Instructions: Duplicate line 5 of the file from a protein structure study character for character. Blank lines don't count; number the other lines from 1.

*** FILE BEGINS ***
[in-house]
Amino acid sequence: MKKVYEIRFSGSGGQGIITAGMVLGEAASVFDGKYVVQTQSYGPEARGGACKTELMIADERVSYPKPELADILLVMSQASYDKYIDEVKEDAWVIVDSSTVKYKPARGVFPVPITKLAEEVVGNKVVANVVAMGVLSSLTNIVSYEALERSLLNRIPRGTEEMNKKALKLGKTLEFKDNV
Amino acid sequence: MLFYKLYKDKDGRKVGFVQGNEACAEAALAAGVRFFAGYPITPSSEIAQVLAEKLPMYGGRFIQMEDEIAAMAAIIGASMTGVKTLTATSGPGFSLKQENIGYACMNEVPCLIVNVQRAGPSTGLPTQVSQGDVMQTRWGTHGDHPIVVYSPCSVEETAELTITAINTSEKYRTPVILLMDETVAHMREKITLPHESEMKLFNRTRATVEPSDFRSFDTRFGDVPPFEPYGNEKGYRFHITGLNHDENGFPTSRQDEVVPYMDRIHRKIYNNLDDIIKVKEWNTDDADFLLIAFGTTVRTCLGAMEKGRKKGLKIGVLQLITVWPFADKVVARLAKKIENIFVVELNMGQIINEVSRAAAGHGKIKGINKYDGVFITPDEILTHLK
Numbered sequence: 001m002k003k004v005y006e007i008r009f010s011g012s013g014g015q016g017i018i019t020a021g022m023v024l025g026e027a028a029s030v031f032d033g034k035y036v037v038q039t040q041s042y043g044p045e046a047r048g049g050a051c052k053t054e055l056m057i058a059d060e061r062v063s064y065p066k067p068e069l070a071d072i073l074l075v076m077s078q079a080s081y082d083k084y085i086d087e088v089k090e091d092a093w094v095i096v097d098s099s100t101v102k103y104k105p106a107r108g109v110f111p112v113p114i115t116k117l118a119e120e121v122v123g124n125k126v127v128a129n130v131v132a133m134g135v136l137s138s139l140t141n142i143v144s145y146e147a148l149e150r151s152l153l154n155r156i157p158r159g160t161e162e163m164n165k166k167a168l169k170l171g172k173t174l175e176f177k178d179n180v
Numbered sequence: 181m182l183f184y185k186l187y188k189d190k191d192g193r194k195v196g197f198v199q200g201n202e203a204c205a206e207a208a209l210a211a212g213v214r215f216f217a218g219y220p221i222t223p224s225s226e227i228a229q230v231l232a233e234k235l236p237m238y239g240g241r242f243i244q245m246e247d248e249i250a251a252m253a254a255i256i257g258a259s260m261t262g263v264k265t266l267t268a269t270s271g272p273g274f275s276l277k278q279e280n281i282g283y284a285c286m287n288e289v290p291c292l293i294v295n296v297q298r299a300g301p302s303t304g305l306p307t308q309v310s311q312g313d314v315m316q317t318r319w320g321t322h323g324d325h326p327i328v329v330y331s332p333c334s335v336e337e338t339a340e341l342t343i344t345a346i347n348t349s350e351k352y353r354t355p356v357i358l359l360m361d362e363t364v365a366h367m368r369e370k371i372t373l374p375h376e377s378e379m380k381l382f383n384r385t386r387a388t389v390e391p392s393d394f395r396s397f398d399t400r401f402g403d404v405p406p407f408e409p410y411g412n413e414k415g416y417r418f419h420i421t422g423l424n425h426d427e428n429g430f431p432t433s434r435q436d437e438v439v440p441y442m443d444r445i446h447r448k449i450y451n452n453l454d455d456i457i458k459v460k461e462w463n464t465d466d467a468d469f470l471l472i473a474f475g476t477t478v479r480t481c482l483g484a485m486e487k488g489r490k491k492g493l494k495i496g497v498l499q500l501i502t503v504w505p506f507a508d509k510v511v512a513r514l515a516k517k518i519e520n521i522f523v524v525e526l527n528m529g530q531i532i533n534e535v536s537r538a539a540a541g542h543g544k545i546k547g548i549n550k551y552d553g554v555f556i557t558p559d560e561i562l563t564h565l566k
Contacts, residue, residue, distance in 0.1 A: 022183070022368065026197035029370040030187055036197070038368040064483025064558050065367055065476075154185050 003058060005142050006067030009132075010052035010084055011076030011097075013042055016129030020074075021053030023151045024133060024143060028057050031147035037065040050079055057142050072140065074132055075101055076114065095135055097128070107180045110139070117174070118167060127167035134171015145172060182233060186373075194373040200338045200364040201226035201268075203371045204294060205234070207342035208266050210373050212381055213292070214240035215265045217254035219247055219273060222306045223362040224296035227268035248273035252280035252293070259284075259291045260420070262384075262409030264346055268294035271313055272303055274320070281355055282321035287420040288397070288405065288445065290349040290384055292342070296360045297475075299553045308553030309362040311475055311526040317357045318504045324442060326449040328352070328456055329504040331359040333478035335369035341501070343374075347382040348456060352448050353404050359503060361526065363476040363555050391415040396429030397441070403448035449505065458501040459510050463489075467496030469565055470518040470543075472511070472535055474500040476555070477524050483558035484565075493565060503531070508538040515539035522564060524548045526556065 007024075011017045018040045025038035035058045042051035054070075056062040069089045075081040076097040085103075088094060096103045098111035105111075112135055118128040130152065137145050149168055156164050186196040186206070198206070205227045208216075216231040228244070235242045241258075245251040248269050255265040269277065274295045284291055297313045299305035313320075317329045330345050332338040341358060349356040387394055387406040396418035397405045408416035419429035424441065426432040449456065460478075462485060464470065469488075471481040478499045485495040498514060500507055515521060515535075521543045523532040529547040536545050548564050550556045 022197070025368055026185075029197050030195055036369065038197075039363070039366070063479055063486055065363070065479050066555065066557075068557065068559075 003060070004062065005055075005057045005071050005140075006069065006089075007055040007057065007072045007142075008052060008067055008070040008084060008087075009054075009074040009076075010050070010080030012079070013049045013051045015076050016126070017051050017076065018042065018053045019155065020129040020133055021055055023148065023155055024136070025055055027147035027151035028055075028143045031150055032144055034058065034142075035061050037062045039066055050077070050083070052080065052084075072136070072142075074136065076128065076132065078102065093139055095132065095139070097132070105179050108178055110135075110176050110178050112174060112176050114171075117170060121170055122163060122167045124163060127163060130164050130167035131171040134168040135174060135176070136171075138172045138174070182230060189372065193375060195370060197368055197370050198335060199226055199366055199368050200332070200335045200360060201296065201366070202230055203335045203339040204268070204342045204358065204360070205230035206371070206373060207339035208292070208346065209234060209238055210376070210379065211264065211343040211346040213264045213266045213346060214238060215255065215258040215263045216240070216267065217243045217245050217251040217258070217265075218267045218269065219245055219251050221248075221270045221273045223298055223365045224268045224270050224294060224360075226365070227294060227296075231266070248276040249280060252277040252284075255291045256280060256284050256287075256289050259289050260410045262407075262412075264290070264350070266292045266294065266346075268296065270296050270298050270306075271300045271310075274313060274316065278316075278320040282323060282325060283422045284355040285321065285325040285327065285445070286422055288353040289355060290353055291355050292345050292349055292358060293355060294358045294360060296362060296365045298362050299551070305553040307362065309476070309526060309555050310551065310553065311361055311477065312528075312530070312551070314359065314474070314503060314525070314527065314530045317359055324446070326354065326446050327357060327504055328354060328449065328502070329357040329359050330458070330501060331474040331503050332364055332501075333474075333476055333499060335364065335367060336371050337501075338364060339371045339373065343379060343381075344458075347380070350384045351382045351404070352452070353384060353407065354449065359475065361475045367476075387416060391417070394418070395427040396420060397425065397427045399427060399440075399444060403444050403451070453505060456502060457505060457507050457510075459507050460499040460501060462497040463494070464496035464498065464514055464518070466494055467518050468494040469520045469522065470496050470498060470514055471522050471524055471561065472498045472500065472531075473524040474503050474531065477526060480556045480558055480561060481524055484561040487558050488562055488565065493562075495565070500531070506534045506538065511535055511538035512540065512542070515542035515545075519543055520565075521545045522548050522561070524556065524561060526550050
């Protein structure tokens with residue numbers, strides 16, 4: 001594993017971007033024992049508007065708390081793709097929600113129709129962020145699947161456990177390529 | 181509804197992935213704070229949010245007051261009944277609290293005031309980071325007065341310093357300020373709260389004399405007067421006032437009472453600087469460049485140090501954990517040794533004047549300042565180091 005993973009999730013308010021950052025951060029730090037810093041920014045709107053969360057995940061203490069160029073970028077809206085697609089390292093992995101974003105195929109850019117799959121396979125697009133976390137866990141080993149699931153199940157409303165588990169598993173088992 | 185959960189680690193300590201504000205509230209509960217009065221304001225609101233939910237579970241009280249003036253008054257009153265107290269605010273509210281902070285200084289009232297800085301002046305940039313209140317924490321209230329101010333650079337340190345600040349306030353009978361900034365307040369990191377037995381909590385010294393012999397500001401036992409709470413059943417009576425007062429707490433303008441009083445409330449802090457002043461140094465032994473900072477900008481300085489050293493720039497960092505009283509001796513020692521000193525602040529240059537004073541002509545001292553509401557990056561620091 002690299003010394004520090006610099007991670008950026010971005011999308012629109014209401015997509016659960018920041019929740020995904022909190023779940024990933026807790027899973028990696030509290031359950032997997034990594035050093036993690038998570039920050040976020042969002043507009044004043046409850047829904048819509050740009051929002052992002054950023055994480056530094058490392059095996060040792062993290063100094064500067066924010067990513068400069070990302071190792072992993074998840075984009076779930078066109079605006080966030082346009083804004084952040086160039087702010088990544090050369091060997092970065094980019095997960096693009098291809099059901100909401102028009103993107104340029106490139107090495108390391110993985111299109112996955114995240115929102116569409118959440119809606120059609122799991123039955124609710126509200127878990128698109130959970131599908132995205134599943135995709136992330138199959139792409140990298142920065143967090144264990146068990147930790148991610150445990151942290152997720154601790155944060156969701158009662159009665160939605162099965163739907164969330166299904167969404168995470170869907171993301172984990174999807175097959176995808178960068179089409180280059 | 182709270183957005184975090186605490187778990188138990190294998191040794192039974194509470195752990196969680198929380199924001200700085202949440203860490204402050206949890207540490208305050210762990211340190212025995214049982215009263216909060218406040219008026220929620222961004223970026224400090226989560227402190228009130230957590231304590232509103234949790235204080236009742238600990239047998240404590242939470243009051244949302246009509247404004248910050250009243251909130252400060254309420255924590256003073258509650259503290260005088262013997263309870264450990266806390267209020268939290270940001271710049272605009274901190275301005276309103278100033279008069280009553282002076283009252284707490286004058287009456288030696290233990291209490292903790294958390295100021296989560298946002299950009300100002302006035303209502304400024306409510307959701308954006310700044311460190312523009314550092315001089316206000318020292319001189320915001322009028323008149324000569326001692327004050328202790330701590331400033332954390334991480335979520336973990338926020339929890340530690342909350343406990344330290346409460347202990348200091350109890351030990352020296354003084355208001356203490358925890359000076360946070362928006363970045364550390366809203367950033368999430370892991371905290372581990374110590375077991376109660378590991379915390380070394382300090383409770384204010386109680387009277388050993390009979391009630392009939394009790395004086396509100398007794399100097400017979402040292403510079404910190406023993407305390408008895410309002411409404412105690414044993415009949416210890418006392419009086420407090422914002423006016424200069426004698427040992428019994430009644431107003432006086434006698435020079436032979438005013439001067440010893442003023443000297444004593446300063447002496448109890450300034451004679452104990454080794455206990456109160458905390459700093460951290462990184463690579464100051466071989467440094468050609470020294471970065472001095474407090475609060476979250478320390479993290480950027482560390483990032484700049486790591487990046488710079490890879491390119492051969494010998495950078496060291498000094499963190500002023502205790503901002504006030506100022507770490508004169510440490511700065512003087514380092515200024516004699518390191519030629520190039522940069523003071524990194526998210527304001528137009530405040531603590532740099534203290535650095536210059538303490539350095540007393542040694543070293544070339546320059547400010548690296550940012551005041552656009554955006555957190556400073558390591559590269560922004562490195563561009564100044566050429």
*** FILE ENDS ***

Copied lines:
Numbered sequence: 181m182l183f184y185k186l187y188k189d190k191d192g193r194k195v196g197f198v199q200g201n202e203a204c205a206e207a208a209l210a211a212g213v214r215f216f217a218g219y220p221i222t223p224s225s226e227i228a229q230v231l232a233e234k235l236p237m238y239g240g241r242f243i244q245m246e247d248e249i250a251a252m253a254a255i256i257g258a259s260m261t262g263v264k265t266l267t268a269t270s271g272p273g274f275s276l277k278q279e280n281i282g283y284a285c286m287n288e289v290p291c292l293i294v295n296v297q298r299a300g301p302s303t304g305l306p307t308q309v310s311q312g313d314v315m316q317t318r319w320g321t322h323g324d325h326p327i328v329v330y331s332p333c334s335v336e337e338t339a340e341l342t343i344t345a346i347n348t349s350e351k352y353r354t355p356v357i358l359l360m361d362e363t364v365a366h367m368r369e370k371i372t373l374p375h376e377s378e379m380k381l382f383n384r385t386r387a388t389v390e391p392s393d394f395r396s397f398d399t400r401f402g403d404v405p406p407f408e409p410y411g412n413e414k415g416y417r418f419h420i421t422g423l424n425h426d427e428n429g430f431p432t433s434r435q436d437e438v439v440p441y442m443d444r445i446h447r448k449i450y451n452n453l454d455d456i457i458k459v460k461e462w463n464t465d466d467a468d469f470l471l472i473a474f475g476t477t478v479r480t481c482l483g484a485m486e487k488g489r490k491k492g493l494k495i496g497v498l499q500l501i502t503v504w505p506f507a508d509k510v511v512a513r514l515a516k517k518i519e520n521i522f523v524v525e526l527n528m529g530q531i532i533n534e535v536s537r538a539a540a541g542h543g544k545i546k547g548i549n550k551y552d553g554v555f556i557t558p559d560e561i562l563t564h565l566k